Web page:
*Flashback!* I rowed once. I mean, I rowed several times, over the course of one year in college. Look: here is a picture of my friend Ali rowing bow in a faster boat, to prove it. Ali likes rowing more than I do.
Crew was hard. I have never been colder, nor wetter, nor more tired, than during those late fall/early spring mornings on Lake Washington, Portage Bay, and Lake Union. The dock was frosty. The goose poop on the dock was frozen. My hands were numb. My feet were numb. My butt was numb. Sometimes the bottom of the boat collects rain. Everyone has to empty their water bottles to bail, otherwise the sloshing movement of the water will screw up the forward progress of the boat. There are no bathroom breaks, nor hope for a bathroom in a dire bladder moment. My hands were raw. My shoulders and hips hurt. These were the lesser joys and pleasures of university crew.
Rowing novice, and second boat to boot, I had things comparatively easy. We did 2k and 6k erg tests, whereas 10k tests were pretty standard for the JV and varsity teams. The longest "long" row I ever did was around 8 miles, slowly, and I don't think I was ever on the water longer than 2 hours at a time.
In contrast, the mighty Grachtenrace is 24 km long, almost 15 miles. Unlike crew races, which are traditionally a 2 km more-or-less straight line, the Grachtenrace course features 90-degree and 180-degree turns, and captains have to navigate canal bridges, other boats, and houseboats using a traditional wooden rudder, while also fulfilling the normal coxswain-style duties of calling commands, counting strokes, and motivating. The rowers don't "slide" on their seats as they do in crew, which means most of the power for the stroke comes from the back muscles, with the legs braced against the crewing equivalent of "foot stretchers." The shaft of the oar, rather than being nearly parallel to the surface of the water during a stroke, exits the water surface at about a 45-degree angle, which means that the rowers shoulder extend to 90 degrees or more in order to reach the oar's handle and pull it back toward their chests.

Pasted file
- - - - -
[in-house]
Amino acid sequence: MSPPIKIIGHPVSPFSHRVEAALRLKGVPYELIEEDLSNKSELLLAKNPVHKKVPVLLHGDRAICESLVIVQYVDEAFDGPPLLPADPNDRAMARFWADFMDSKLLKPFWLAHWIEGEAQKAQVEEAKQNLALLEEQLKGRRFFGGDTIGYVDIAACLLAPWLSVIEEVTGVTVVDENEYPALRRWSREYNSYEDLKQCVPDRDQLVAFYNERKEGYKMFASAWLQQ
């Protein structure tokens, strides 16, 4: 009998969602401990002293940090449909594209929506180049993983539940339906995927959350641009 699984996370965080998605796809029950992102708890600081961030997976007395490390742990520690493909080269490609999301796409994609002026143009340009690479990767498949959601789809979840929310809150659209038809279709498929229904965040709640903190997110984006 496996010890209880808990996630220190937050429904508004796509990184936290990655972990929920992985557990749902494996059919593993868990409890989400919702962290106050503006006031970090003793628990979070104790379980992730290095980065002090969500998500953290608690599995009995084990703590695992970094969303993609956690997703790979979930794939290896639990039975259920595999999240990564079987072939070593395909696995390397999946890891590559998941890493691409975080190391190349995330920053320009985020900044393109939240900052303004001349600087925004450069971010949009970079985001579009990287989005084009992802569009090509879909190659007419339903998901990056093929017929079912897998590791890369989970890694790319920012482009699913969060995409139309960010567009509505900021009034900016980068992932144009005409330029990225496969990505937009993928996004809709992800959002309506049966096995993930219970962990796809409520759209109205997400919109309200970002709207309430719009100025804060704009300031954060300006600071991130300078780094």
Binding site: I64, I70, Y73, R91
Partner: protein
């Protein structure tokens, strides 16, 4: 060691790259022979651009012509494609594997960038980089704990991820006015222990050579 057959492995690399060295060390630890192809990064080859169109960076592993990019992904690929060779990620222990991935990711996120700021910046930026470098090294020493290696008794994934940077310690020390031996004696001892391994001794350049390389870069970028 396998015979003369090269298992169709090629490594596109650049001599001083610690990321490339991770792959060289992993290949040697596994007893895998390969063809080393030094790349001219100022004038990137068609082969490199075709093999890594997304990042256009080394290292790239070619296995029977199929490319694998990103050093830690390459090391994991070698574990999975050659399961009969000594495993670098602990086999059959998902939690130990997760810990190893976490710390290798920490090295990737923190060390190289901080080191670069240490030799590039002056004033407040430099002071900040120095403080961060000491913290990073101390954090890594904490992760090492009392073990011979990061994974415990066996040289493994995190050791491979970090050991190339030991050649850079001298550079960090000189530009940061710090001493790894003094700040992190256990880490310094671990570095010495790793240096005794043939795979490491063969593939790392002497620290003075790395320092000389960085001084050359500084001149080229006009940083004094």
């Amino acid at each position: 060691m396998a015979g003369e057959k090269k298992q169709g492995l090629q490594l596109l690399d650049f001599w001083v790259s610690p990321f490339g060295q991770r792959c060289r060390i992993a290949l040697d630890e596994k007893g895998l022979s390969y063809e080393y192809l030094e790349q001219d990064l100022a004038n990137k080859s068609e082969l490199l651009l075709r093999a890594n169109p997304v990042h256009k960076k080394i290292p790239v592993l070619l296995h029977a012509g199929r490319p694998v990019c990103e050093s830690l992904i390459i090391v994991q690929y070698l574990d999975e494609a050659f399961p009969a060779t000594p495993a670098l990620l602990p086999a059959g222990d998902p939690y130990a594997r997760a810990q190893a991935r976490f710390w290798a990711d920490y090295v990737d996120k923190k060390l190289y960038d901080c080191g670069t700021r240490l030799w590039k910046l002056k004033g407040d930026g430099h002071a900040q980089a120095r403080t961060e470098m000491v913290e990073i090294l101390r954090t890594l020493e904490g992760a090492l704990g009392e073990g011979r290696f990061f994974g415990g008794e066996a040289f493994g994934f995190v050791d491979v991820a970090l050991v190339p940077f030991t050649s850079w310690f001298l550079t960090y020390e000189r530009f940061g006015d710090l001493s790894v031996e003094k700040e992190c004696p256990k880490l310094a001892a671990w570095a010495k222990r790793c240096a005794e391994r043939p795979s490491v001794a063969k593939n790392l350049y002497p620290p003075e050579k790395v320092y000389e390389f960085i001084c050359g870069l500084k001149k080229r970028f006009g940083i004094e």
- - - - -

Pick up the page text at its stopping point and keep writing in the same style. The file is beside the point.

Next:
The above is 100% based on observing one hour of Grachtenrace. Conclusion: It looked painful.
There were over 100 teams in the race this year. From what we could tell, there seemed to be none-too-strict standardization in terms of boat size, numbers of rowers in each boat, numbers of freeloading passengers in the bows of the boats, gender and/or age of rowers in the boat, or whether the boat was wooden or metal. Most boats had 8 rowers seated in four rows of two. I know a girl who was rowing with a men's team, so we stood a long time at the bridge by our apartment, waiting to see if we could spot her.
|Rowing east along the Prinsengracht, en route to the wide open Amstel.|
This poor captain was having a little trouble holding her line:
They finally peeled themselves away, and wobbled across the canal, where they again became stuck going under the bridge. This provided the boats behind them with an opportunity to snag a quick bite of banana and bagel from the gunwhale.
I hope they survived the second half of the race and didn't end up in Belgium. Or wherever the Amstel meanders.
As cold and wet as it was, watching the teams in the silvery-blue light reminded me of what I enjoyed about rowing. Those "best-of-the-best" mornings when the water was was satin-smooth and misty, the dip of the oars, the pink-and-blue streaks of sky, crystalline Mt. Rainier on the horizon, herons and ducks and bald eagles, the houseboats on Portage Bay and Lake Union... such pure beauty.
I didn't spot my friend's boat, but maybe one of our cameras managed to catch her. With over a hundred boats, it's hard to say, but I hope that we did. There are fewer photographs more appealing than a good shot of someone in a race, be it running, rowing, or otherwise.